Walkabout: the fragility of understanding

Last night we went to a screening of this classic 1970 film at the BFI, followed by a Q&A session (which we hadn’t been expecting) with the film’s director Nicolas Roeg and two of its stars: Jenny Agutter and Lucien John, who play the innocent English girl and boy.  It’s a wonderful film about the encounter between two English (definitely not Aussie) children, she on the transition to adulthood, and an aborigine boy on walkabout.  It is a clash of cultures, but one suffused with the innocence of its characters; there was bonding, but there could be no reconciliation outside the innocence of childhood.  It is beautifully filmed in the Northern Territories (with a bit of Sydney), featuring many places that are now on the tourist trail (then undeveloped), and which we have visited.

The BFI supplied some wonderful programme notes written in 1971 by Gavin Millar.  To quote the closing words:

If the film suddenly slumps into setting social problems and answering them, then we must ask other questions too.  What innocence is lost? Is survival of the fittest an agreeable social plan?  How else to control disease, promote hygiene, comfort; the arts or culture as distinct from survival?  The questions don’t belong to the best parts of Walkabout and neither do the answers.  The savage is no noble, the sophisticate not corrupt.  Trying to prove it, one way or another, in the face of the camera’s evidence, would be a betrayal of the film’s real vision.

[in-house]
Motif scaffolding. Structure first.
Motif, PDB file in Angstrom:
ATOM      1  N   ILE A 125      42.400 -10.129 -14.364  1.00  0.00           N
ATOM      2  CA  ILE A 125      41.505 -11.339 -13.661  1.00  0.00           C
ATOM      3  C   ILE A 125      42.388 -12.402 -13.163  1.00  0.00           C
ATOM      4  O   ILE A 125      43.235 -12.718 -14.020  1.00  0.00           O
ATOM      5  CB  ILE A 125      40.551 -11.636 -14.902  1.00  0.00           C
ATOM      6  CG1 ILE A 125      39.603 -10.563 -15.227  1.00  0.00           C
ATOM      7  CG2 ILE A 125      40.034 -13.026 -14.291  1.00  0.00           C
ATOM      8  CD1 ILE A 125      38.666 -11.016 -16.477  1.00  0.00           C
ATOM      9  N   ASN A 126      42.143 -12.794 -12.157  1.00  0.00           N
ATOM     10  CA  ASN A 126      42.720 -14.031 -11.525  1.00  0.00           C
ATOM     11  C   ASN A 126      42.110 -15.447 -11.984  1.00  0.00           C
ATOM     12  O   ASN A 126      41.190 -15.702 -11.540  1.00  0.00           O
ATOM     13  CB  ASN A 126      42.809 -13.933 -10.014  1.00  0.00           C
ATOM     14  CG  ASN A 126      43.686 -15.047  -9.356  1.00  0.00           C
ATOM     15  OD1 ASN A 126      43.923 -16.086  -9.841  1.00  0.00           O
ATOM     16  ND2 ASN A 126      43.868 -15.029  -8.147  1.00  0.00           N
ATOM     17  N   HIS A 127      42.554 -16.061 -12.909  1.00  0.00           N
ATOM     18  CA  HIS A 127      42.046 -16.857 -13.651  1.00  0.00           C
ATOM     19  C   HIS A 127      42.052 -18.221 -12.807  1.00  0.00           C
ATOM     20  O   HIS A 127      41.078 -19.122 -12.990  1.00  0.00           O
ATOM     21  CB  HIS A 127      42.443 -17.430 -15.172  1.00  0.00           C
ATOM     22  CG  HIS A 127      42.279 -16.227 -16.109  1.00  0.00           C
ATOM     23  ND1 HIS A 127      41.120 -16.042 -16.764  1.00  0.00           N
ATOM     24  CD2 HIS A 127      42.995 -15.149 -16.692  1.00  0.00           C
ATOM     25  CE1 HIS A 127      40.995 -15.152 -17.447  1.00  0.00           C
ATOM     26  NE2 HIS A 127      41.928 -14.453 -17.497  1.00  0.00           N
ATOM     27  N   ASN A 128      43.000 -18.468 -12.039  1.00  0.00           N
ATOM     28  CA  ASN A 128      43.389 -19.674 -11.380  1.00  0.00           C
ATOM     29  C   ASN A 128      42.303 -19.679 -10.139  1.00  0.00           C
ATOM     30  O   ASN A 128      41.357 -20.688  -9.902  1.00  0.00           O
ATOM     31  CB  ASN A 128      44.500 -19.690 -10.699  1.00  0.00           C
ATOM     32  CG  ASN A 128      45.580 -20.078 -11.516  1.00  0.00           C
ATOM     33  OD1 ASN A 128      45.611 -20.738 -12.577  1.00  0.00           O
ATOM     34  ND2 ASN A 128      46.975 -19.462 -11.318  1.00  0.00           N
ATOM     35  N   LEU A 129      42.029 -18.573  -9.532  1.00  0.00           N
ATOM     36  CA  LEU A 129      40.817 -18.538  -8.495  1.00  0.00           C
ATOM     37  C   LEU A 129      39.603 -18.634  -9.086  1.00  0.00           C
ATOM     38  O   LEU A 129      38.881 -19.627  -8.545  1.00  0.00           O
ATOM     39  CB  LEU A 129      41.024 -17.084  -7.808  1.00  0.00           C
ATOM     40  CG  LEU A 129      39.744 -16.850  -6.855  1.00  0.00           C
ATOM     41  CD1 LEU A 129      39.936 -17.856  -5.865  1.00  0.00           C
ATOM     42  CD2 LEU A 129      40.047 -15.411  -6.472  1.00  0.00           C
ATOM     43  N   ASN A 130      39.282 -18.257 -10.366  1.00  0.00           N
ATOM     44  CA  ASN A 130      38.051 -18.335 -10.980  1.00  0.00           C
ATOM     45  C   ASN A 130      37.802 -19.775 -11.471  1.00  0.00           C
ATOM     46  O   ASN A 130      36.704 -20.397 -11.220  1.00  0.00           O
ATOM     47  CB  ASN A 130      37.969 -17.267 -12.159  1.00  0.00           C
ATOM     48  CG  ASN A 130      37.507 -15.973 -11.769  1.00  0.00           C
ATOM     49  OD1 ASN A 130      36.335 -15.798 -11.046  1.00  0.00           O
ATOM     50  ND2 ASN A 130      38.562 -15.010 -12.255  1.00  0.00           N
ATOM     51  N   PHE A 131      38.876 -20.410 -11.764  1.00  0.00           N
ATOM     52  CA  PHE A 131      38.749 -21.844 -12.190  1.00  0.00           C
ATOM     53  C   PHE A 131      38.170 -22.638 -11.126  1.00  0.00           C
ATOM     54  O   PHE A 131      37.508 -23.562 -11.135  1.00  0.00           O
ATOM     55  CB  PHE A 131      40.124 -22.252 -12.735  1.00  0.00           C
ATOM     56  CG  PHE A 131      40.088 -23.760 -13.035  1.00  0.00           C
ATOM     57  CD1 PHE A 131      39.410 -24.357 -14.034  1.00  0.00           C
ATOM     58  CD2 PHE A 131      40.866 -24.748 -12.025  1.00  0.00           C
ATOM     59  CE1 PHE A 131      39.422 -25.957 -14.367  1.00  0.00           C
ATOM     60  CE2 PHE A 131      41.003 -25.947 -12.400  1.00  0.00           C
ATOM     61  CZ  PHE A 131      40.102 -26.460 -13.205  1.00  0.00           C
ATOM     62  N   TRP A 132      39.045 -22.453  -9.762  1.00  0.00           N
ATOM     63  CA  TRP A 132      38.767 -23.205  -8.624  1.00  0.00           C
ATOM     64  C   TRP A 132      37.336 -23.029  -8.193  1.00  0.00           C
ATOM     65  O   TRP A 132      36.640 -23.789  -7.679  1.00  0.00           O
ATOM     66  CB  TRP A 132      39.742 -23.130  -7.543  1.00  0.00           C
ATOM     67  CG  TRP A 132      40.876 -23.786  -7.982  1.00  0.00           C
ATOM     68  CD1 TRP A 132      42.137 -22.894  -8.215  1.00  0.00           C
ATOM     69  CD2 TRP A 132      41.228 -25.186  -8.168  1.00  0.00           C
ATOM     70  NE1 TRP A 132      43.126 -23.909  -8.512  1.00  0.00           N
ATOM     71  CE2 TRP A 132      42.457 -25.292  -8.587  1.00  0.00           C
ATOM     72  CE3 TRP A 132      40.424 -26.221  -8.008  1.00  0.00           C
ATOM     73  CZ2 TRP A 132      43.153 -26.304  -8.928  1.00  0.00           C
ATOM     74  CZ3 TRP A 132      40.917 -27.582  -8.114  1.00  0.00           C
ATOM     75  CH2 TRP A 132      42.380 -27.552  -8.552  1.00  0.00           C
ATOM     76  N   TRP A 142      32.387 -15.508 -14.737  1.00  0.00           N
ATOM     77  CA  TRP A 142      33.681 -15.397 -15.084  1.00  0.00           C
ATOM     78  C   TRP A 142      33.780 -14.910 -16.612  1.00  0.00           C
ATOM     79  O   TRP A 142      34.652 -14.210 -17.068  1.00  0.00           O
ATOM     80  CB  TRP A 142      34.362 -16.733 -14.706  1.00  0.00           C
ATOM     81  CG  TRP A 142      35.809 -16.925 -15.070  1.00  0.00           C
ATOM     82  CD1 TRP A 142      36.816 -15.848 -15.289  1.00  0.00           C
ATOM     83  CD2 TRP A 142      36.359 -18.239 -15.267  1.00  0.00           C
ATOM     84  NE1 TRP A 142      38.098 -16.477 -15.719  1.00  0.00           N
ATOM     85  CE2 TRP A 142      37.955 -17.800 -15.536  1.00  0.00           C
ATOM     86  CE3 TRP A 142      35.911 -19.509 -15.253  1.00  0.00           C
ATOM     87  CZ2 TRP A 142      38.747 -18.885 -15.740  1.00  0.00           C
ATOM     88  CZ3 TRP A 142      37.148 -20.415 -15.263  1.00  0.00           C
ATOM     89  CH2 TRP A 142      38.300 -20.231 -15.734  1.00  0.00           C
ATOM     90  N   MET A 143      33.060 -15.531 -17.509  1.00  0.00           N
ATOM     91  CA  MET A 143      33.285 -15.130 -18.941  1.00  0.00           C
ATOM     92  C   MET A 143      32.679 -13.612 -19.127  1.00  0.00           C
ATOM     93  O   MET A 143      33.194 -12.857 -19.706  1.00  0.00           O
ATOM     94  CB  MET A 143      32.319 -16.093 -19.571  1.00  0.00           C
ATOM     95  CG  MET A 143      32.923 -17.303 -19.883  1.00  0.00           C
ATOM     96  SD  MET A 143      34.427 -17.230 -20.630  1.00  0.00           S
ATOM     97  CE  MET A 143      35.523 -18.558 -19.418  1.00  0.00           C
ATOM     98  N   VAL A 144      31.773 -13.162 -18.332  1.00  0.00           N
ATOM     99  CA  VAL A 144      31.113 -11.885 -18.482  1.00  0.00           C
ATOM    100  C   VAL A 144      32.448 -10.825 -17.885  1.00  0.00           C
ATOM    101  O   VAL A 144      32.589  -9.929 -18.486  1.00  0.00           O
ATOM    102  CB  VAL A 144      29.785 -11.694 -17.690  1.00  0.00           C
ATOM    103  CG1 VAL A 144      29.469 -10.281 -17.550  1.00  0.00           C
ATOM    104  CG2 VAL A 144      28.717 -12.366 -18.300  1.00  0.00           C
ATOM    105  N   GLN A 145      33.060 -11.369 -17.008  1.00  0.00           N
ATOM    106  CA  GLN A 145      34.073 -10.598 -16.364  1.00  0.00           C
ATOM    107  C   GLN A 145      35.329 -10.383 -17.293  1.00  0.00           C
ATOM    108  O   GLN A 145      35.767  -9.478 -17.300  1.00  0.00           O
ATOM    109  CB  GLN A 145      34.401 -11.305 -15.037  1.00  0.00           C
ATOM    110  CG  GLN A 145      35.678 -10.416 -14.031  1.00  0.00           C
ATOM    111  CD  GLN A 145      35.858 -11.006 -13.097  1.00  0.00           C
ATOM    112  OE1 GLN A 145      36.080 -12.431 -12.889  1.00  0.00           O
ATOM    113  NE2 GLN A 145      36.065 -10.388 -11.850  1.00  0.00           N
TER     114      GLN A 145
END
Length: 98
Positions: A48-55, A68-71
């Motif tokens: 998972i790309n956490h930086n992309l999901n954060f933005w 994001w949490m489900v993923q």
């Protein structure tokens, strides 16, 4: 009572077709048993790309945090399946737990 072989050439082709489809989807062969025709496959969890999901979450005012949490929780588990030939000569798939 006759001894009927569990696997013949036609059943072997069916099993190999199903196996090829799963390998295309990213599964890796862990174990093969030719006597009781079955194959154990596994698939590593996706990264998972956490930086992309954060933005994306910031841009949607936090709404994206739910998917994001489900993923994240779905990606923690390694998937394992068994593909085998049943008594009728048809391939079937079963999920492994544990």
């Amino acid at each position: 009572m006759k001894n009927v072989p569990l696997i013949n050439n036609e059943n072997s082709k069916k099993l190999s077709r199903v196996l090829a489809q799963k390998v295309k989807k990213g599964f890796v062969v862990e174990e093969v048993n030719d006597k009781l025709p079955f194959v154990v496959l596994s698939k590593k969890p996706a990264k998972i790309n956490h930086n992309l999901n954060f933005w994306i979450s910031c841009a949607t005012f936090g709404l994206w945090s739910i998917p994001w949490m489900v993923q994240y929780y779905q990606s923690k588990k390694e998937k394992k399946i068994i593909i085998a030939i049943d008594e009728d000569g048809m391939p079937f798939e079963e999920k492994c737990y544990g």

The magic of the film (together with its plot) evaporates if you try to think about it too hard.  Which doesn’t stop people trying; one of the questioners wanted to know the main character’s “back story”.  But the message of the film (in spite of its clumsier moments) is very simple but quite delicate.

Like so much of human experience.  In today’s Morning Service on Radio 4 (which I listen to while in the shower) the religious visions featured, in particular with the gospel story of the Transfiguration of Christ, but also the appearance of St Michael that is supposed to have dispersed an angry mob, and saved the convent where the service was held.  The power of these, too, disappears if you think about them too hard.  So much of our understanding of this mysterious world is so fragile.

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The real meaning of the Barnsley result

The BBC and the Today programme could barely conceal their delight about the Barnsley Central by election result,  gloating over the drop in the Lib Dem vote from 2nd to 6th place.  On this their coverage did not differ much from the rest of the media.  Indeed this was spectacular.  But it wasn’t the only spectacular thing about the result.  For the first time ever in a parliamentary election UKIP claimed second place, as the Tory vote plummeted.